Nicholas J. Shea, ABD
Nick is a PhD candidate in music theory at Ohio State University. His work can be best described as an empirical approach to music theory and performance practice.
Currently he is conducting a comprehensive investigation of the relationship between embodied gestures in instrument space and the functional components of musical style. To do so, he adapts an interdisciplinary approach to analysis--by delineating harmonic-formal function, voice leading and guitar performance practice in the works of St. Vincent, conducting a corpus study of form and harmony as they relate to over-learned gestures in modal rock songs, and using motion capture techniques to observe these trends in live performances.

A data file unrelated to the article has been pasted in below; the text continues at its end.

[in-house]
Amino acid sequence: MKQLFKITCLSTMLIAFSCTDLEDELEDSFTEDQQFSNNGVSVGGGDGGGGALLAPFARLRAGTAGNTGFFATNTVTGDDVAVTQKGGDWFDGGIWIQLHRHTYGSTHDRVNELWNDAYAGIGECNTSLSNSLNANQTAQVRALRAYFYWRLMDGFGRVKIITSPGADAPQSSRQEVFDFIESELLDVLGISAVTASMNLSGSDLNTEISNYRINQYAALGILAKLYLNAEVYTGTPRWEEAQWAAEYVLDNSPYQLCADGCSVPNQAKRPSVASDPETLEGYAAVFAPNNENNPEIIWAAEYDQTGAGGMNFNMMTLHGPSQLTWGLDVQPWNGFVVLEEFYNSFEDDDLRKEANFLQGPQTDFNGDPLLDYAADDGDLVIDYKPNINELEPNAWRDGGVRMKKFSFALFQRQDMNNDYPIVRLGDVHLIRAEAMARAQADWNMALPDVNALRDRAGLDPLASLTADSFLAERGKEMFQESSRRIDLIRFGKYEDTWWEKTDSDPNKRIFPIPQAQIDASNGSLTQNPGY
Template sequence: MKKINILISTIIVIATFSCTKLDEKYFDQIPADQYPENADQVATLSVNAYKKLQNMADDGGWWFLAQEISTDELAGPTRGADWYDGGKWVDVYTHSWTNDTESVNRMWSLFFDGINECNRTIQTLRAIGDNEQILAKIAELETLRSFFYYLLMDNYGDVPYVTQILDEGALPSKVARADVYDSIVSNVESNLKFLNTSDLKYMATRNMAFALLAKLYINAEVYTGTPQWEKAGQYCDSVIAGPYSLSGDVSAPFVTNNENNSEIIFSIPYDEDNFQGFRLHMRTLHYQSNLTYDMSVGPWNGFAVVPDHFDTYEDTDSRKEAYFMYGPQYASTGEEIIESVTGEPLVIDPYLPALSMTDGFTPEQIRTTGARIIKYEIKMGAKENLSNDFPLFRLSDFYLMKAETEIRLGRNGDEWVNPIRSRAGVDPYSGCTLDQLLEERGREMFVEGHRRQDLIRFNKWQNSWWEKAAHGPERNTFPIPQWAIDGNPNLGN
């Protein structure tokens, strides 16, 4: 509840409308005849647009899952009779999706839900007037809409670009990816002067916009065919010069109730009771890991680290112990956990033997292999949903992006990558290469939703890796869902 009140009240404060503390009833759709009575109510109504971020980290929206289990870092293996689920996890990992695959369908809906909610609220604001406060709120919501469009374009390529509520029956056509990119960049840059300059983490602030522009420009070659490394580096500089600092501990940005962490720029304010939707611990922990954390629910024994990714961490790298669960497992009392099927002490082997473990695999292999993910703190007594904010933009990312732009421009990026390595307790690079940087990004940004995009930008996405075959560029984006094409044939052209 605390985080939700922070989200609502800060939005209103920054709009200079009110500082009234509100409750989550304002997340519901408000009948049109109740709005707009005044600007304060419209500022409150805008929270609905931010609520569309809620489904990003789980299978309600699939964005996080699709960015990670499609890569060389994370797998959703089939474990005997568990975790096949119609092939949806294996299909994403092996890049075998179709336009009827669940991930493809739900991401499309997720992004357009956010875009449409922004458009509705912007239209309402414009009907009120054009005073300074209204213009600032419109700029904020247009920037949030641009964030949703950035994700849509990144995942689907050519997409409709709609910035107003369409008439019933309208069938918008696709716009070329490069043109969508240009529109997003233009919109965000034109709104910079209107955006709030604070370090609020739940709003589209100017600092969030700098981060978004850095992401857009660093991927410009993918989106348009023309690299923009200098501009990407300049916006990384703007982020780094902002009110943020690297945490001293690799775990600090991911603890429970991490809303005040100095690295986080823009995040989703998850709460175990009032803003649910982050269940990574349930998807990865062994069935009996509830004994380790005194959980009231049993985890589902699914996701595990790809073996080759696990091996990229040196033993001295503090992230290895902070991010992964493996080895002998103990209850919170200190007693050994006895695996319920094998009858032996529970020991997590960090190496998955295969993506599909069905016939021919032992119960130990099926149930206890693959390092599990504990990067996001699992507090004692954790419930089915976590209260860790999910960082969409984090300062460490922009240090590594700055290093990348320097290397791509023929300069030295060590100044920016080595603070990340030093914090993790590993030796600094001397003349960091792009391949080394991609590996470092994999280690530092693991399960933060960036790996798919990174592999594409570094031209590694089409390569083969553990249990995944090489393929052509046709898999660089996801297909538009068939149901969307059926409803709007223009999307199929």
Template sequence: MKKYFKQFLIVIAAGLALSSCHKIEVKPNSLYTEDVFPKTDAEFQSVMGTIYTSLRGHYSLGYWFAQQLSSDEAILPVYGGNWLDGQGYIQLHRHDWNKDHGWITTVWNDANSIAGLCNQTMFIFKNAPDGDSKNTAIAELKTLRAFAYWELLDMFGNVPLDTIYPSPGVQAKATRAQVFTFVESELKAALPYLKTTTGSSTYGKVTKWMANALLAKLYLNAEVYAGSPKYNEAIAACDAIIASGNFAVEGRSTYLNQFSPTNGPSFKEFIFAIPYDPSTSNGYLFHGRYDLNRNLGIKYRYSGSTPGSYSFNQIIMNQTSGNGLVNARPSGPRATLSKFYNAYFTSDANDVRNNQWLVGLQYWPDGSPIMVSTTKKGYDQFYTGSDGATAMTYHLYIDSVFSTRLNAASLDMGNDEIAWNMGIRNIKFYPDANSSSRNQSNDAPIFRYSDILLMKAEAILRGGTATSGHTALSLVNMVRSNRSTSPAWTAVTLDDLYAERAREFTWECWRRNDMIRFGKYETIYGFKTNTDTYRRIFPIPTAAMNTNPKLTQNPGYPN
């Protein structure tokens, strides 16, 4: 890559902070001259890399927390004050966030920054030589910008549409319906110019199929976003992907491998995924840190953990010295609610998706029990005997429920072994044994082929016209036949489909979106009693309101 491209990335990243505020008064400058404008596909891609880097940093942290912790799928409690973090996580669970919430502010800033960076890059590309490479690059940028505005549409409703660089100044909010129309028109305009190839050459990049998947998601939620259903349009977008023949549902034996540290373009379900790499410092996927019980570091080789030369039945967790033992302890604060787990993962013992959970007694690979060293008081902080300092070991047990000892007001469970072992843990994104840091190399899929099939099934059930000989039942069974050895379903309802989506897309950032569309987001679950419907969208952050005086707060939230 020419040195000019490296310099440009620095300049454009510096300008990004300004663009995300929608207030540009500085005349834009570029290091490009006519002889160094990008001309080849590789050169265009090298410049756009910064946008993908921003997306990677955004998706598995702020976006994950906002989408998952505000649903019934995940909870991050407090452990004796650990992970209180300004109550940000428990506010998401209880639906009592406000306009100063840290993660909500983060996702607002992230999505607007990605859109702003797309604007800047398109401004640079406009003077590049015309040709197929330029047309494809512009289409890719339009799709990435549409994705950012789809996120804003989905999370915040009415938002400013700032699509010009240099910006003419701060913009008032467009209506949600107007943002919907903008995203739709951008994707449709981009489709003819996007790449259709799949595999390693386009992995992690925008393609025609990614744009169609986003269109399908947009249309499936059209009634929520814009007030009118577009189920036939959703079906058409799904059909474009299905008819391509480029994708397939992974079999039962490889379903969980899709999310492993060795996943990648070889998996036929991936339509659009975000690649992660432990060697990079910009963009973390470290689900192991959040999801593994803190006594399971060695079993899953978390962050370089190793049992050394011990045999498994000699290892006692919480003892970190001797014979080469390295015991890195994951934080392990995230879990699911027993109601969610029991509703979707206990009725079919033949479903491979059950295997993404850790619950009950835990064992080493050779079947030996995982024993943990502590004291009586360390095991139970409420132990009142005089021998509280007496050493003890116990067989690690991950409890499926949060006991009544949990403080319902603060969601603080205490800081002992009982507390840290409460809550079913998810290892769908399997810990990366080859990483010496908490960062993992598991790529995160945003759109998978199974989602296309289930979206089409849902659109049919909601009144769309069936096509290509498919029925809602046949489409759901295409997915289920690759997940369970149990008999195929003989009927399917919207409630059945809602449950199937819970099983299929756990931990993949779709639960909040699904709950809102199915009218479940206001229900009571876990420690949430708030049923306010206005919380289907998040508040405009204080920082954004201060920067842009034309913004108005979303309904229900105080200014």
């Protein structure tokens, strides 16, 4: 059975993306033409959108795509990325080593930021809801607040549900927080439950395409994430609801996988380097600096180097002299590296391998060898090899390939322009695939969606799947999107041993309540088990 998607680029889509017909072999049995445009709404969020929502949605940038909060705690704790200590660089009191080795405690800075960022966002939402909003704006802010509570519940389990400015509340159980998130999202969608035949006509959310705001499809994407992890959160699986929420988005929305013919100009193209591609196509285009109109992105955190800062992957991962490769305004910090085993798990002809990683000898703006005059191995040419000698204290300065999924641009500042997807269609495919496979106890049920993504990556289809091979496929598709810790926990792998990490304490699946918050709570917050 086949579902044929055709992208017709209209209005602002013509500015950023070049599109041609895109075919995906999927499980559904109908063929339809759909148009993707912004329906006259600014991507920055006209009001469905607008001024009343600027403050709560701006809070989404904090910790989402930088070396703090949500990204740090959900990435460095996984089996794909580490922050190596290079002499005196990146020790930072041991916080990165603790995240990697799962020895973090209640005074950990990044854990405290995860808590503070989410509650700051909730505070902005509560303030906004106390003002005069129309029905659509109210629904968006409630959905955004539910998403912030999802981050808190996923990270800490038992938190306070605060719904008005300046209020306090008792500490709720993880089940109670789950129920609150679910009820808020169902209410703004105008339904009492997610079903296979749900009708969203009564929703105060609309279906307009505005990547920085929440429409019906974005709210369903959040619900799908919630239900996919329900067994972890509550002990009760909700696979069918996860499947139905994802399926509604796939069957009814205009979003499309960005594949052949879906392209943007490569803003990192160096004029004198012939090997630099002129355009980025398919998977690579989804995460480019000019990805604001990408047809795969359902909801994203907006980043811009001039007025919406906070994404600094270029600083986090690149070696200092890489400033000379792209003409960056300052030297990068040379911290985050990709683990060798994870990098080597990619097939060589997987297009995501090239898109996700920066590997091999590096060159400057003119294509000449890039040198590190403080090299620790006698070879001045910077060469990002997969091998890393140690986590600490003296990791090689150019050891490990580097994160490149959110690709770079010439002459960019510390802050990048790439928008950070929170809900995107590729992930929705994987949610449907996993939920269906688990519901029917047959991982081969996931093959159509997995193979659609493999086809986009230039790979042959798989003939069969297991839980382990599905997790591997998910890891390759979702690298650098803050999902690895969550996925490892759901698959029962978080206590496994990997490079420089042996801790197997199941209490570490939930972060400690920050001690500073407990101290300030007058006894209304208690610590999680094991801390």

Other ongoing and previous research includes an empirical investigation of textual accent and meter in late 19th-century French and Italian operas, the role of tempo on expressive timing in mazurka performances, and interactions between harmonic preferences and metric perception.
A survey and analysis of meter as it corresponds to nationalisms, language, and compositional style in a corpus of 19th century operatic excerpts.
(Christopher White, PI)
A music cognition study that tracks downbeat preferences in various harmonic contexts. Conducted at the University of Massachusetts Amherst.